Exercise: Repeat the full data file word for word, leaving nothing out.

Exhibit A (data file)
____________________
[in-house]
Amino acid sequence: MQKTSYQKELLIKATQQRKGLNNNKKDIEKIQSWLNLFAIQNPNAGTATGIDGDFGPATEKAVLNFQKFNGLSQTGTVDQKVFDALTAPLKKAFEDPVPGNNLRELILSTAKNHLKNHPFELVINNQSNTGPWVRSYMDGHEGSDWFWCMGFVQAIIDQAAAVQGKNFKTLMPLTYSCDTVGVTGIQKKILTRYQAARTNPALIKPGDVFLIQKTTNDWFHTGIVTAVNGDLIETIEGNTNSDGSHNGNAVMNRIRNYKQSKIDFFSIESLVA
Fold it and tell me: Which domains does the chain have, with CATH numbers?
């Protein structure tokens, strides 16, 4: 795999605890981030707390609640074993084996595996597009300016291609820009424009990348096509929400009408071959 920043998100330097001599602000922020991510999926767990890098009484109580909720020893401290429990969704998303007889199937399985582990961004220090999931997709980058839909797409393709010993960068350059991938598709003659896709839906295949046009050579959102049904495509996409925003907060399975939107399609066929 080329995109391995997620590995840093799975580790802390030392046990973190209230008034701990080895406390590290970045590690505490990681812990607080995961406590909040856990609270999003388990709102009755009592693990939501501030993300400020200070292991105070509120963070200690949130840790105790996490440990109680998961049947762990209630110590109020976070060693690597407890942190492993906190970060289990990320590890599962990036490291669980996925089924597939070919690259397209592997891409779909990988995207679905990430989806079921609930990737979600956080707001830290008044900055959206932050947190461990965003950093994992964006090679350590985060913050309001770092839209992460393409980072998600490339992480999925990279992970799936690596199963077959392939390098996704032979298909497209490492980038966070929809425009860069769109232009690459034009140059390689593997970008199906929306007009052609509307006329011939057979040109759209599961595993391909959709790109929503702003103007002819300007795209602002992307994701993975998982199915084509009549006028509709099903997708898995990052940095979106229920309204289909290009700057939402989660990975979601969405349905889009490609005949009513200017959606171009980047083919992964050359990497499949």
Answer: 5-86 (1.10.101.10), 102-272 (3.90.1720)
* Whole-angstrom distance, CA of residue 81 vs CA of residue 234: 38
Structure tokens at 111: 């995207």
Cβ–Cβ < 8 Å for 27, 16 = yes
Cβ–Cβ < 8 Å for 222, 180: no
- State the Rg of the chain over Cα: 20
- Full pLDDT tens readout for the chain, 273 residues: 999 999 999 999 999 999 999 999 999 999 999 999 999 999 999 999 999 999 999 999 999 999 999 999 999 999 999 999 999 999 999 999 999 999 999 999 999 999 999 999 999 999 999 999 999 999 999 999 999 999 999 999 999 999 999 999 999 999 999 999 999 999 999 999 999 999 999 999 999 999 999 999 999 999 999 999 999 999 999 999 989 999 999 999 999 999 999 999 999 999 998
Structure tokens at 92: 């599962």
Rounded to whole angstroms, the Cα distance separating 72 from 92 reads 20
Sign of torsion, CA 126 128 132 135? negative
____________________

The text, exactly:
[in-house]
Amino acid sequence: MQKTSYQKELLIKATQQRKGLNNNKKDIEKIQSWLNLFAIQNPNAGTATGIDGDFGPATEKAVLNFQKFNGLSQTGTVDQKVFDALTAPLKKAFEDPVPGNNLRELILSTAKNHLKNHPFELVINNQSNTGPWVRSYMDGHEGSDWFWCMGFVQAIIDQAAAVQGKNFKTLMPLTYSCDTVGVTGIQKKILTRYQAARTNPALIKPGDVFLIQKTTNDWFHTGIVTAVNGDLIETIEGNTNSDGSHNGNAVMNRIRNYKQSKIDFFSIESLVA
Fold it and tell me: Which domains does the chain have, with CATH numbers?
């Protein structure tokens, strides 16, 4: 795999605890981030707390609640074993084996595996597009300016291609820009424009990348096509929400009408071959 920043998100330097001599602000922020991510999926767990890098009484109580909720020893401290429990969704998303007889199937399985582990961004220090999931997709980058839909797409393709010993960068350059991938598709003659896709839906295949046009050579959102049904495509996409925003907060399975939107399609066929 080329995109391995997620590995840093799975580790802390030392046990973190209230008034701990080895406390590290970045590690505490990681812990607080995961406590909040856990609270999003388990709102009755009592693990939501501030993300400020200070292991105070509120963070200690949130840790105790996490440990109680998961049947762990209630110590109020976070060693690597407890942190492993906190970060289990990320590890599962990036490291669980996925089924597939070919690259397209592997891409779909990988995207679905990430989806079921609930990737979600956080707001830290008044900055959206932050947190461990965003950093994992964006090679350590985060913050309001770092839209992460393409980072998600490339992480999925990279992970799936690596199963077959392939390098996704032979298909497209490492980038966070929809425009860069769109232009690459034009140059390689593997970008199906929306007009052609509307006329011939057979040109759209599961595993391909959709790109929503702003103007002819300007795209602002992307994701993975998982199915084509009549006028509709099903997708898995990052940095979106229920309204289909290009700057939402989660990975979601969405349905889009490609005949009513200017959606171009980047083919992964050359990497499949």
Answer: 5-86 (1.10.101.10), 102-272 (3.90.1720)
* Whole-angstrom distance, CA of residue 81 vs CA of residue 234: 38
Structure tokens at 111: 């995207």
Cβ–Cβ < 8 Å for 27, 16 = yes
Cβ–Cβ < 8 Å for 222, 180: no
- State the Rg of the chain over Cα: 20
- Full pLDDT tens readout for the chain, 273 residues: 999 999 999 999 999 999 999 999 999 999 999 999 999 999 999 999 999 999 999 999 999 999 999 999 999 999 999 999 999 999 999 999 999 999 999 999 999 999 999 999 999 999 999 999 999 999 999 999 999 999 999 999 999 999 999 999 999 999 999 999 999 999 999 999 999 999 999 999 999 999 999 999 999 999 999 999 999 999 999 999 989 999 999 999 999 999 999 999 999 999 998
Structure tokens at 92: 């599962």
Rounded to whole angstroms, the Cα distance separating 72 from 92 reads 20
Sign of torsion, CA 126 128 132 135? negative